N.C. Parks system onboard for April science festival
The N.C. Science Festival – April 8-24 this year – continues to expand. What started in 2010 as a statewide science outreach blitz last year fielded about 800 events in 95 of North Carolina’s 100 counties, about half at K-12 schools and half geared to the general public. Many events are hands-on, family-friendly and free.
Venues range from university halls and museums to state parks, and the parks component is expanding this year. It was announced last week that the N.C. Division of Parks and Recreation will partner with the festival, offering citizen-science programs involving collection of data in all 41 state parks during the festival’s run.
“Our 200-plus park rangers are trained naturalists and outdoor scientists themselves and are a natural fit for this effort,” said Mike Murphy, parks and recreation director. “On a daily basis, they conduct outdoor research, including cataloging rare species of birds, plants and insects, as well as leading educational programs.”
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With the theme “Science in the Great Outdoors,” the 2016 science festival will also recognize the 100th anniversary celebration of the state park system.
Slow division of stem cells may cause smaller brains
Duke University researchers have figured out how a developmental disease produces a much smaller brain than normal: Some cells are simply too slow as they proceed through the neuron production process.
The findings, published in the journal Neuron, provide a new mechanistic explanation for microcephaly and could also aid understanding of autism or other neurodevelopmental disorders that are thought to arise from disruptions in the proper balance of neurons in the brain.
“This study shows that the time it takes for a stem cell to divide matters during brain development,” said Debra Silver, an assistant professor of molecular genetics and microbiology at the Duke University School of Medicine.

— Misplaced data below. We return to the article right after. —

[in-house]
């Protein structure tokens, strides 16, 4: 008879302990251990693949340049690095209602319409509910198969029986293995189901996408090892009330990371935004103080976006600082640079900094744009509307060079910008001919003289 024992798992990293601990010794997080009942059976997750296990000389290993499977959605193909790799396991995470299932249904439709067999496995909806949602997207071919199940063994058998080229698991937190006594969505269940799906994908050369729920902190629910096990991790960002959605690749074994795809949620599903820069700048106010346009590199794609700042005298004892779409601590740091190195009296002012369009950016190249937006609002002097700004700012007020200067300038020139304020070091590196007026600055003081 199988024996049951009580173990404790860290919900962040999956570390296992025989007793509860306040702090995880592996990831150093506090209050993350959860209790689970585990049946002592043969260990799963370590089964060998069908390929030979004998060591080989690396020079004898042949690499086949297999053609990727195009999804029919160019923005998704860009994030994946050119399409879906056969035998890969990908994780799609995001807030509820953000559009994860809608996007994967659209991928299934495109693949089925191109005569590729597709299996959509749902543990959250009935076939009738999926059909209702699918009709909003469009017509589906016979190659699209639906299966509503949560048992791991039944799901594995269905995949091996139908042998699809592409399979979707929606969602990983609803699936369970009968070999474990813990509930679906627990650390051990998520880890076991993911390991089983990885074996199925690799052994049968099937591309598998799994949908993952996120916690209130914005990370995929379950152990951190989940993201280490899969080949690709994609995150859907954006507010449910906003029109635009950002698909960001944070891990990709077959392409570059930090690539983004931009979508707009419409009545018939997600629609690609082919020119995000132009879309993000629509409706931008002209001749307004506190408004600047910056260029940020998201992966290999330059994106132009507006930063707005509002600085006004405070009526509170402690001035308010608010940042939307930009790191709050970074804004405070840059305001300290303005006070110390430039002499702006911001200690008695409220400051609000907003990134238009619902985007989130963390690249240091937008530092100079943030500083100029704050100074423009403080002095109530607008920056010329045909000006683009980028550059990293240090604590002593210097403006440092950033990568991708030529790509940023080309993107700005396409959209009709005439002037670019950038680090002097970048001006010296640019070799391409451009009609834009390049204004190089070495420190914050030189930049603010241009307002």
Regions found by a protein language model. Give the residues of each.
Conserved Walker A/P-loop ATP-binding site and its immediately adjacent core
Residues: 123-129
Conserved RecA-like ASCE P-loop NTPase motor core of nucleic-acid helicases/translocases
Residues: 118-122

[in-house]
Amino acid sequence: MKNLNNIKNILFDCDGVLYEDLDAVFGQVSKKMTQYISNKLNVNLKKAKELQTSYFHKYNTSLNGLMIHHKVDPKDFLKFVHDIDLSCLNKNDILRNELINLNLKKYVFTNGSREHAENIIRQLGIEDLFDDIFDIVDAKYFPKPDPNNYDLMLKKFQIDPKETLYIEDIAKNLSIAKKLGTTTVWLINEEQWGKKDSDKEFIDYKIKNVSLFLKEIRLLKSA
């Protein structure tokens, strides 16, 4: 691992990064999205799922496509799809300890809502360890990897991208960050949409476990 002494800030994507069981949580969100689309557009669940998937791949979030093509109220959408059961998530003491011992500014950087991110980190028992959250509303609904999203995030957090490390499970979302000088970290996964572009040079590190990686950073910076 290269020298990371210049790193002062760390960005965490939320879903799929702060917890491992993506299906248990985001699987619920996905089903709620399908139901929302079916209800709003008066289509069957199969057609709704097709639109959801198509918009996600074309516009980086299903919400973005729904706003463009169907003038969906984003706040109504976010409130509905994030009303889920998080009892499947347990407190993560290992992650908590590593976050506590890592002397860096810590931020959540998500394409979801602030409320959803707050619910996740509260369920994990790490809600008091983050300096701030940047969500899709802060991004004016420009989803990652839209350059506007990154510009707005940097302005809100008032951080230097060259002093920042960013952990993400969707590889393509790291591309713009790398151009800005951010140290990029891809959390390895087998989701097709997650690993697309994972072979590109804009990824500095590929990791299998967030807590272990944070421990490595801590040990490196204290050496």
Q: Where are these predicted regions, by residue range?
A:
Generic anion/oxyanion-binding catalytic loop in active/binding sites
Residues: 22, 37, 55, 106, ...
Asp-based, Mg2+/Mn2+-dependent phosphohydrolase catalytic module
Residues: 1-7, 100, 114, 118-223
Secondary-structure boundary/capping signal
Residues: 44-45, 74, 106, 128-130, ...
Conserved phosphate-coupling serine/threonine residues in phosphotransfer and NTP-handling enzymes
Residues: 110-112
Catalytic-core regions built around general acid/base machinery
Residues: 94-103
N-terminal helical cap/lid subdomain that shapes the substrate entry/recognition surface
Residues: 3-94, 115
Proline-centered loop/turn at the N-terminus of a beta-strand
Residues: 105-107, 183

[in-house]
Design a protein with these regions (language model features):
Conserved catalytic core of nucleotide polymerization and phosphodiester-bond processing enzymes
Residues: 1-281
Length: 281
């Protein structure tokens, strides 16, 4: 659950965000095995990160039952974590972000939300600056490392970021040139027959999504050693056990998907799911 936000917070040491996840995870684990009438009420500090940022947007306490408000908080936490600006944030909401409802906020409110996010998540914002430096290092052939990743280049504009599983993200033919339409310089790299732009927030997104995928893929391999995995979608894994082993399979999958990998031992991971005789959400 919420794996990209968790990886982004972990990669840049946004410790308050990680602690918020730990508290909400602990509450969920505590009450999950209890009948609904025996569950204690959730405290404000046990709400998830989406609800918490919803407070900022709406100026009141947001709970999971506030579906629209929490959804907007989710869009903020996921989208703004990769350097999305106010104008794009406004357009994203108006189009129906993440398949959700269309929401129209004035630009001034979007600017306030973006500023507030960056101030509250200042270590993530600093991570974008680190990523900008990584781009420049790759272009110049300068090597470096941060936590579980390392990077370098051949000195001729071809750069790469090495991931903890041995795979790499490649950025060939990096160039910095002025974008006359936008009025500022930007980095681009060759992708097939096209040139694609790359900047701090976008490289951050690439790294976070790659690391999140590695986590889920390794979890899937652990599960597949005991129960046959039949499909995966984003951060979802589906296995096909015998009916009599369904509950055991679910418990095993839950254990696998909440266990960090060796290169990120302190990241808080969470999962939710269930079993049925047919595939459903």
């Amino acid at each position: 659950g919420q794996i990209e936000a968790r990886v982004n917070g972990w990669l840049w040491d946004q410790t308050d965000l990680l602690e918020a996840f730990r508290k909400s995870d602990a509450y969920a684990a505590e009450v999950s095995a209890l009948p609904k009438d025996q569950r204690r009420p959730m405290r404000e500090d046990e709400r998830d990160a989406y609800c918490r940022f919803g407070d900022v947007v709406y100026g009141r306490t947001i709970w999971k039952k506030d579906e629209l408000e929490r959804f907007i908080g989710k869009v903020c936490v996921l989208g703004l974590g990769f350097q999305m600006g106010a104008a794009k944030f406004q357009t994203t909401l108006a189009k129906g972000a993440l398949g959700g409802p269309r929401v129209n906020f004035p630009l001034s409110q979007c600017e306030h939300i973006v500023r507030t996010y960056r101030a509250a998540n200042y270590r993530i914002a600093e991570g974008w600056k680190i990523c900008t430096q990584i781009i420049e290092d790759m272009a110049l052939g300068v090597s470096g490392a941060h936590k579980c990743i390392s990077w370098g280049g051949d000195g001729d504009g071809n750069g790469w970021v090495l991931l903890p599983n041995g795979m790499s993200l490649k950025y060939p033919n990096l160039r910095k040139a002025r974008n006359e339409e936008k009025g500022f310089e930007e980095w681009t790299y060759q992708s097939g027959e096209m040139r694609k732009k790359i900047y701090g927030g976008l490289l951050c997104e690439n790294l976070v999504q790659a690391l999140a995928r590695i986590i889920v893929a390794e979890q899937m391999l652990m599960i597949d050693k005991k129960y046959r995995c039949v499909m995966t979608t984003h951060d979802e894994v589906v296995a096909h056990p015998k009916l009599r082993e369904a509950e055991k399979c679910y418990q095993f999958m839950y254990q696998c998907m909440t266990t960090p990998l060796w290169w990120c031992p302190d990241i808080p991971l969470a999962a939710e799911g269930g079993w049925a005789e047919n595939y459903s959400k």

Microcephaly is a rare disease that causes intellectual disability and seizures. A genetic form of microcephaly manifests as the fetal brain develops during pregnancy; the cerebral cortex, a large brain structure responsible for abstract thought, memory and language, is particularly vulnerable to the disorder.
Genes have influence on chickens’ anxiety
Chickens that chicken out in unfamiliar surroundings may shed light on anxiety in humans, according to research published in the January issue of the journal Genetics.
Domestic chickens are much less anxious than their wild cousins, the red junglefowl. The new research identifies genes that contribute to this difference and reveals that several of the genes influence similar behaviors in mice. The authors argue that these results, combined with evidence from studies in humans, demonstrate the potential of the chicken to serve as a powerful model for understanding the genetic underpinnings of human behavior.
Study leader Dominic Wright, of Linkoping University in Sweden: “Animal models like the chicken allow us to address challenging questions like these using controlled breeding experiments.”
Anxiety behaviors in animals are typically measured by observing their activity in a brightly lit, featureless space they have never encountered before. In this new environment, junglefowl spend most of their time either frozen with fear or rapidly darting around. They also avoid the exposed center of the test arena. But domestic chickens traverse the whole area, and at a less erratic pace.
Why choose the chicken as a model for anxiety? This approach takes advantage of a “natural” genetics experiment, the transformation of junglefowl in Asia into the modern domestic chicken, which after thousands of years of breeding is more tame and less anxious than its jungle-dwelling counterpart. The chicken genome also has properties that can make it easier to study than the human or mouse genomes.